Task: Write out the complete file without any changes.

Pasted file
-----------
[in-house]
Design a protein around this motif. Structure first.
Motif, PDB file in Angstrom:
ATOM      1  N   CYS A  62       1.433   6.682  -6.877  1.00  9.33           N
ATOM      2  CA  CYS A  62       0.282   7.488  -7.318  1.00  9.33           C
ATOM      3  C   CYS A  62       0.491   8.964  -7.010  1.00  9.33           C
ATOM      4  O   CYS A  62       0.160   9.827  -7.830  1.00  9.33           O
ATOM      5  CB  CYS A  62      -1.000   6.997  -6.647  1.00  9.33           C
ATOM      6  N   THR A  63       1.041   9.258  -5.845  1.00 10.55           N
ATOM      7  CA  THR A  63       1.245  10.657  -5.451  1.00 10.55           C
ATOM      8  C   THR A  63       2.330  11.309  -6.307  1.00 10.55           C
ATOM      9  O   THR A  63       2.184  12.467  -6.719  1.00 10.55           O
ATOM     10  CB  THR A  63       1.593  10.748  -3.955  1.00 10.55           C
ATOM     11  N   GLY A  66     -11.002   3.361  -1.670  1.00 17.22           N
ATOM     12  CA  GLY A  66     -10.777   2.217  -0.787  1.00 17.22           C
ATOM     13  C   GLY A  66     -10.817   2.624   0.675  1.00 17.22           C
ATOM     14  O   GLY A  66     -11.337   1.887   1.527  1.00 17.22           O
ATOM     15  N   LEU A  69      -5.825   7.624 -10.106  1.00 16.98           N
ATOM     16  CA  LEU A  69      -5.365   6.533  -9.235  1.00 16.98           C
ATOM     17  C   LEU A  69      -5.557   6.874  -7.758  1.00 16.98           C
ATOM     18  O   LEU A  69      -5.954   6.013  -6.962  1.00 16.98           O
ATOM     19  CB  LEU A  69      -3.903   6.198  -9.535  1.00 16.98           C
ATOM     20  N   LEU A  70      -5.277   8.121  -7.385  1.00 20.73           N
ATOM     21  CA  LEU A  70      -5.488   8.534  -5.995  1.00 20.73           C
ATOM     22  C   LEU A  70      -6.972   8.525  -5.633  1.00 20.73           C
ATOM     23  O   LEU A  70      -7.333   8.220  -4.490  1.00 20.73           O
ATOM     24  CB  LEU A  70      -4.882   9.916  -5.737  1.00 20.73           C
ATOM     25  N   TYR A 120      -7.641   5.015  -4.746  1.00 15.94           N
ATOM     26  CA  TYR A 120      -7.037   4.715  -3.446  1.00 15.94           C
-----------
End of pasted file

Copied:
[in-house]
Design a protein around this motif. Structure first.
Motif, PDB file in Angstrom:
ATOM      1  N   CYS A  62       1.433   6.682  -6.877  1.00  9.33           N
ATOM      2  CA  CYS A  62       0.282   7.488  -7.318  1.00  9.33           C
ATOM      3  C   CYS A  62       0.491   8.964  -7.010  1.00  9.33           C
ATOM      4  O   CYS A  62       0.160   9.827  -7.830  1.00  9.33           O
ATOM      5  CB  CYS A  62      -1.000   6.997  -6.647  1.00  9.33           C
ATOM      6  N   THR A  63       1.041   9.258  -5.845  1.00 10.55           N
ATOM      7  CA  THR A  63       1.245  10.657  -5.451  1.00 10.55           C
ATOM      8  C   THR A  63       2.330  11.309  -6.307  1.00 10.55           C
ATOM      9  O   THR A  63       2.184  12.467  -6.719  1.00 10.55           O
ATOM     10  CB  THR A  63       1.593  10.748  -3.955  1.00 10.55           C
ATOM     11  N   GLY A  66     -11.002   3.361  -1.670  1.00 17.22           N
ATOM     12  CA  GLY A  66     -10.777   2.217  -0.787  1.00 17.22           C
ATOM     13  C   GLY A  66     -10.817   2.624   0.675  1.00 17.22           C
ATOM     14  O   GLY A  66     -11.337   1.887   1.527  1.00 17.22           O
ATOM     15  N   LEU A  69      -5.825   7.624 -10.106  1.00 16.98           N
ATOM     16  CA  LEU A  69      -5.365   6.533  -9.235  1.00 16.98           C
ATOM     17  C   LEU A  69      -5.557   6.874  -7.758  1.00 16.98           C
ATOM     18  O   LEU A  69      -5.954   6.013  -6.962  1.00 16.98           O
ATOM     19  CB  LEU A  69      -3.903   6.198  -9.535  1.00 16.98           C
ATOM     20  N   LEU A  70      -5.277   8.121  -7.385  1.00 20.73           N
ATOM     21  CA  LEU A  70      -5.488   8.534  -5.995  1.00 20.73           C
ATOM     22  C   LEU A  70      -6.972   8.525  -5.633  1.00 20.73           C
ATOM     23  O   LEU A  70      -7.333   8.220  -4.490  1.00 20.73           O
ATOM     24  CB  LEU A  70      -4.882   9.916  -5.737  1.00 20.73           C
ATOM     25  N   TYR A 120      -7.641   5.015  -4.746  1.00 15.94           N
ATOM     26  CA  TYR A 120      -7.037   4.715  -3.446  1.00 15.94           C